Way back in the olden days I can envision a prehistoric man trapping a small animal of some variety and trading it to another prehistoric man for a new spear. And at that precise moment in time, the first entrepreneur and the first customer were born. Now suppose that this first entrepreneur continued to trap small animals and trade them to other “customers” for the basic necessities that they could provide. This economy worked reasonably well until something happened. Another prehistoric man decided to do his own trapping and he too made his “product” available for trade. But a funny thing occurred. He was willing to trade it for something of less value than the first entrepreneur. So “customers” flocked to him leaving the first entrepreneur with “unsold” “inventory.” And thus, competition was born.
Ever since the earliest days of commerce, entrepreneurs have developed a rudimentary understanding of their customers. More recently, highly sophisticated techniques and technologies have been created to aid with this customer understanding. Yet still, a vast number of businesses do not truly have the depth of customer knowledge that is necessary to consistently win. How could this possibly be considering the amazing advances that have been made since prehistoric days? The answer is relatively simple. Many entrepreneurs have not chosen to make their customers the absolute primary focus of their business. Much time and effort are spent improving processes, creating systems, increasing productivity, cutting costs, managing revenue and a host of other business practices. There’s no question that all of this is necessary. But from where does it emanate? If it starts with the bottom line instead of with the customer, the road may be rocky.
A customer-centric business starts with the basic question, “How well do I really know my customer?” Most of us think we have a pretty good idea who our customers are and what makes them tick. But I’m willing to bet that we probably have only scratched the surface with respect to the depth of our customer knowledge. Do we know the stratification of age cohorts across our product and service offerings? That’s an easy one. Do we understand the subtle preferences, needs and desires of these different age groups? Have we spent much time fine tuning our products and services to address this information? Oh sure, we perform ongoing customer surveys. But often they are designed to determine whether our customers are satisfied with our products and services. How much survey work do we do to get to know our customers better? We suspect that live customer focus groups might provide some valuable insights, but we believe that this approach is too expensive, something left to big corporations or we have no idea how to go about implementing such focus groups.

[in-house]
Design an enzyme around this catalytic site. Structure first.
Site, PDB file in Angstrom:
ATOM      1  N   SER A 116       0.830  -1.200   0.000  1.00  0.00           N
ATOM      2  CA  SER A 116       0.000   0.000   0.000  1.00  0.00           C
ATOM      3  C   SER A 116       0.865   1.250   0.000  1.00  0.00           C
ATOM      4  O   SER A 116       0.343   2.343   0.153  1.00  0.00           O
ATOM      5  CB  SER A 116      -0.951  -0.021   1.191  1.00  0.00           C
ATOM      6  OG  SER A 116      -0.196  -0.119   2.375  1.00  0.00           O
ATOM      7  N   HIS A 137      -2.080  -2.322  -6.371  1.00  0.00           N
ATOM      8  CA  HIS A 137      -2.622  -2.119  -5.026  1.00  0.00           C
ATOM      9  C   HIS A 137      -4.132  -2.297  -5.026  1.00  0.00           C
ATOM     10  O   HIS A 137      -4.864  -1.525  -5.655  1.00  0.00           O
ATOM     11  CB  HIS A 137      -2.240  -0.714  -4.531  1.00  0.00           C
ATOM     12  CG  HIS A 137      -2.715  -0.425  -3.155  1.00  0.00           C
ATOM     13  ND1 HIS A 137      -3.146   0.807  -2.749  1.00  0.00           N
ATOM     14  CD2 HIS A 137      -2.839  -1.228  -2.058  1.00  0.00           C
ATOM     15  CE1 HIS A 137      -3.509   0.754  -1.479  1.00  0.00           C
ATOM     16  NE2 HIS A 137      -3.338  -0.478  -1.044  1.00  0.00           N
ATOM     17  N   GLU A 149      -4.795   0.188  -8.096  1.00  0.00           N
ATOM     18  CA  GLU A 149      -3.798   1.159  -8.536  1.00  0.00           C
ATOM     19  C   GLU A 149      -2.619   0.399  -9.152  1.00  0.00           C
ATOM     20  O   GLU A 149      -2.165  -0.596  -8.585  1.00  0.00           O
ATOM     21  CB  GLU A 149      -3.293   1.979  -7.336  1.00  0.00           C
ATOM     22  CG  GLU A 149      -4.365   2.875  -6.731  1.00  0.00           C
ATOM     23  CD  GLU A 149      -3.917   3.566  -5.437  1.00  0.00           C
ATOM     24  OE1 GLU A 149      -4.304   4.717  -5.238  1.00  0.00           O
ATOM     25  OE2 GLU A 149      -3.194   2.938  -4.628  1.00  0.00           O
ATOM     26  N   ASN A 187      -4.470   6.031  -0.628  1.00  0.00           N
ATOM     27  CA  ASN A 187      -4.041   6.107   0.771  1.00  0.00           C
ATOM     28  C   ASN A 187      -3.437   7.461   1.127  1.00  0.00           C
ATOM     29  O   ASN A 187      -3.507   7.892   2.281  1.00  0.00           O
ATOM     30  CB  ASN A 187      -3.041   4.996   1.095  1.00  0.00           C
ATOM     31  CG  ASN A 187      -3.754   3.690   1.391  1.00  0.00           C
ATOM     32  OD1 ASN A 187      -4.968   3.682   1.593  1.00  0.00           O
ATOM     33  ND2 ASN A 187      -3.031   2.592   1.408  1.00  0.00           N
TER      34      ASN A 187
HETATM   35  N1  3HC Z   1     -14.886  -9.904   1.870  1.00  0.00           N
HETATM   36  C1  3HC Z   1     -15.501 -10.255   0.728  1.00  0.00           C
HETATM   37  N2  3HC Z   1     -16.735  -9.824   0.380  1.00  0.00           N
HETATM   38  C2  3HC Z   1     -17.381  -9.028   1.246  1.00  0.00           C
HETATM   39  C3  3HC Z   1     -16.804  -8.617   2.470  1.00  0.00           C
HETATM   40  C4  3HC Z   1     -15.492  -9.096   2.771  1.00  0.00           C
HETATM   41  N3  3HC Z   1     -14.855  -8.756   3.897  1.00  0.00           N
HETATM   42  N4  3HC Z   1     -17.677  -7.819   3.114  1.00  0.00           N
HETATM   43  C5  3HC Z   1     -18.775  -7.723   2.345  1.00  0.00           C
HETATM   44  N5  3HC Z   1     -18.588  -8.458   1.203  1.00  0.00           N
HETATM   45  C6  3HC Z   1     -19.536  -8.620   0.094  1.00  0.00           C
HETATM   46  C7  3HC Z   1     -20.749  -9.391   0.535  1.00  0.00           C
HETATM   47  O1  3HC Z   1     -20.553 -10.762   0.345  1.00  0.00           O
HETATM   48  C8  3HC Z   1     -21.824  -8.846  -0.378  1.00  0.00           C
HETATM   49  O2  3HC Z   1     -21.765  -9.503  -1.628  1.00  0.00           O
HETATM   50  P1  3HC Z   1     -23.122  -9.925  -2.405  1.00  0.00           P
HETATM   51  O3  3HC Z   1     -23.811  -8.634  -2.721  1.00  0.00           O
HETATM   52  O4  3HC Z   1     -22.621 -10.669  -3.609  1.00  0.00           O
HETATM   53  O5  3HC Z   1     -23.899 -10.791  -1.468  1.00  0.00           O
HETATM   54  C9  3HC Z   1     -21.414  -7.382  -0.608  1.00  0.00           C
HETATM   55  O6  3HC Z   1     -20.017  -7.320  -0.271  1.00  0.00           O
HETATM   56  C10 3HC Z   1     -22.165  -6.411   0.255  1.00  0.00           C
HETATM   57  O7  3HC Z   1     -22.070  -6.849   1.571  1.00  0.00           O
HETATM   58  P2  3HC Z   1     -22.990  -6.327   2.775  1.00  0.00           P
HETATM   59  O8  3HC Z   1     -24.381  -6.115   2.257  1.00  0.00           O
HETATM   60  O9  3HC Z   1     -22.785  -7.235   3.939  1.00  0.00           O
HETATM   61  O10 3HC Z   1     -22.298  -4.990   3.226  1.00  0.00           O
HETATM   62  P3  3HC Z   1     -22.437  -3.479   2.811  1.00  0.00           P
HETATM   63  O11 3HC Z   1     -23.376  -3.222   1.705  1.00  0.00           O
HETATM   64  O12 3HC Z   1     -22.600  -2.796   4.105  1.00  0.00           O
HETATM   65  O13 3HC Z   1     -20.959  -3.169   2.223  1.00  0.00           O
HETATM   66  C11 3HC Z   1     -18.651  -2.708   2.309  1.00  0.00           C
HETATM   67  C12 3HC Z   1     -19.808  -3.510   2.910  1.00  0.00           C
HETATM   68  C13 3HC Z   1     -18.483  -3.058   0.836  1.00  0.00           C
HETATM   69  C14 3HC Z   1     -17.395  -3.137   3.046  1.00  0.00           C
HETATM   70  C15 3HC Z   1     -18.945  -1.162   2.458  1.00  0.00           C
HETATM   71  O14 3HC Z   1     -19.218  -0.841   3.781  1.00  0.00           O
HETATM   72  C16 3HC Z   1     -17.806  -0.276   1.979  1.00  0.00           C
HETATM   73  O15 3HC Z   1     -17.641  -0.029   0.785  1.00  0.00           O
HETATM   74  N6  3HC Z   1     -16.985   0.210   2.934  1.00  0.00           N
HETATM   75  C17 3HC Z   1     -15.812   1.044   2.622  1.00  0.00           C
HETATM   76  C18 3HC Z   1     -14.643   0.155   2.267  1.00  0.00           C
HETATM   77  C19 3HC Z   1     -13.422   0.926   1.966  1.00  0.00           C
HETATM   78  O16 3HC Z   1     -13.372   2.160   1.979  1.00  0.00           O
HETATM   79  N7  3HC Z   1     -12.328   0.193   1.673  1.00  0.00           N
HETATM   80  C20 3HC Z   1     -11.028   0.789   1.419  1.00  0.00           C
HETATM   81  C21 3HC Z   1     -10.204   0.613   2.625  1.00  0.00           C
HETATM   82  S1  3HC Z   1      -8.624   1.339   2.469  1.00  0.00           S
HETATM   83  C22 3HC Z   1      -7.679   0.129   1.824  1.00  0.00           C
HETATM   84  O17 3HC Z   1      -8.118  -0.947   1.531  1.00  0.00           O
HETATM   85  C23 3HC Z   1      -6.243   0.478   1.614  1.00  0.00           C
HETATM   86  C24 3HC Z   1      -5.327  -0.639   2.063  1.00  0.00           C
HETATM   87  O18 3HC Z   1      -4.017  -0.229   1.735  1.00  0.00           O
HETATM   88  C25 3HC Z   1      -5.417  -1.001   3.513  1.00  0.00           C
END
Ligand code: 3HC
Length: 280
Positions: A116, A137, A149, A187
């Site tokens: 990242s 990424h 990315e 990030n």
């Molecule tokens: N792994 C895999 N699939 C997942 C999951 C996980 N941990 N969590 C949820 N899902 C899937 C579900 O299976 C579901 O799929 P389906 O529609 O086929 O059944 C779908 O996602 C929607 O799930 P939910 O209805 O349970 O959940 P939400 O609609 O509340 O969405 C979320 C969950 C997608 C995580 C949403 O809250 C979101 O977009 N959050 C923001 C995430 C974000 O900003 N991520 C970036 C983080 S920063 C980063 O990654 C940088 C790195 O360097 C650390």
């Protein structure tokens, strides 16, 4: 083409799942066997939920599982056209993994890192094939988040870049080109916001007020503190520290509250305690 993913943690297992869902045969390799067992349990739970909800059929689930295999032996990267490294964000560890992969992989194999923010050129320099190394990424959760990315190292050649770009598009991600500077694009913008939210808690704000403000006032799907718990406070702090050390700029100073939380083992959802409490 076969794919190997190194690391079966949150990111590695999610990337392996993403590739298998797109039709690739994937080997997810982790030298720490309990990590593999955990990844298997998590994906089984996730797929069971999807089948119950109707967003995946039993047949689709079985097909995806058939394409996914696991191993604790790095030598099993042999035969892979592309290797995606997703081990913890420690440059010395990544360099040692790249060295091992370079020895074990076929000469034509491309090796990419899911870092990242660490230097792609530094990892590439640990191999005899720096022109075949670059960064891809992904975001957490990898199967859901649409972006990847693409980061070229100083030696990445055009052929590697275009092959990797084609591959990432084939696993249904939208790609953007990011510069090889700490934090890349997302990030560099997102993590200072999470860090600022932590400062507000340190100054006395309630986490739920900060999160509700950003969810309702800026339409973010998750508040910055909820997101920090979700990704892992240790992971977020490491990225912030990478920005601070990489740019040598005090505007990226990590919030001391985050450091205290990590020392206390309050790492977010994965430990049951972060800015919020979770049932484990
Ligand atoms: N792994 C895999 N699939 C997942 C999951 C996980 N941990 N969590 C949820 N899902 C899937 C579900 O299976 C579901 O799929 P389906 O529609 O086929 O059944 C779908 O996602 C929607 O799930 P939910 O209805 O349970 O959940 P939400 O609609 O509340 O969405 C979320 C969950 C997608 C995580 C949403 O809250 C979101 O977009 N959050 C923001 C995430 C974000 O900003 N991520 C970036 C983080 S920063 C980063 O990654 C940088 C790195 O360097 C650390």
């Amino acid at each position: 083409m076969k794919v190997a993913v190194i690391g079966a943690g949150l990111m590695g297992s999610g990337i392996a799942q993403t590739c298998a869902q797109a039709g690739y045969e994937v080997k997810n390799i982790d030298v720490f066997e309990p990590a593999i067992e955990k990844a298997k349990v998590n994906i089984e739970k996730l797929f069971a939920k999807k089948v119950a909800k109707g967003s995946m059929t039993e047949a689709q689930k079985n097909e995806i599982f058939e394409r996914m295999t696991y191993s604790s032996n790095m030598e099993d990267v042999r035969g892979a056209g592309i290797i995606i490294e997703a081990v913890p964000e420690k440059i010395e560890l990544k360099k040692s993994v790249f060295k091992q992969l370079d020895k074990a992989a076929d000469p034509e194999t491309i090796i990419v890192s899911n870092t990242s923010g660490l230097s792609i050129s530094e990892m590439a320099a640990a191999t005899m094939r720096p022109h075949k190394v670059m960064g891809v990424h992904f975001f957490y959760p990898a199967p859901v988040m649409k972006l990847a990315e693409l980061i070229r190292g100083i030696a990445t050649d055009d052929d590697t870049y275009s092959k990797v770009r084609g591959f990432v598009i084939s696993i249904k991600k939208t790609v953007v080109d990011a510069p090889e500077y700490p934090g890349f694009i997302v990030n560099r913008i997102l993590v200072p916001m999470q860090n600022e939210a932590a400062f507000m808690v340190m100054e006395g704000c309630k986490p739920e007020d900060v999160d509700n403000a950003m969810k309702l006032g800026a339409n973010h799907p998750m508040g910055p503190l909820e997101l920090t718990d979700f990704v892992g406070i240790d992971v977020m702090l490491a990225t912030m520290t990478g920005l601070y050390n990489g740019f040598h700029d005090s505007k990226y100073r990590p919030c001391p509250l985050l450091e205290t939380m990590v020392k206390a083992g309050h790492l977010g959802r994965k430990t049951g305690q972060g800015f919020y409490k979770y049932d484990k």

I submit that we all need to step back and take a deep breath. Then we need to pull together our team and begin to examine just how we are going about a deep dive into customer understanding. I’m championing this effort in my own companies and believe that it may dramatically transform our product and service offerings. Big Data is a treasure trove in this regard. We’ll be combining extensive demographic studies with customer focus groups, surveys and other initiatives to know for certain that we absolutely understand exactly what our customers need and want. We are looking for more than just what our customers tell us, however. Big Data will help us go beyond the obvious and identify the buying habits and other trends with our customers that might not be readily apparent. And then with the customer front-and-center, we’ll make sure that our products and services precisely meet those needs and wants – stated and unstated.
Developing a deep understanding of what our customers really want and need, will help us create more customer-centric organizations. Then we are able to align our products and services with this customer focus that will manifest in high levels of customer satisfaction and greater profitability for our enterprises.
This blog is being written in tandem with my book, “An Entrepreneur’s Words to Live By,” available on Amazon.com in paperback and Kindle (My Book), as well as being available in all of the other major eBook formats.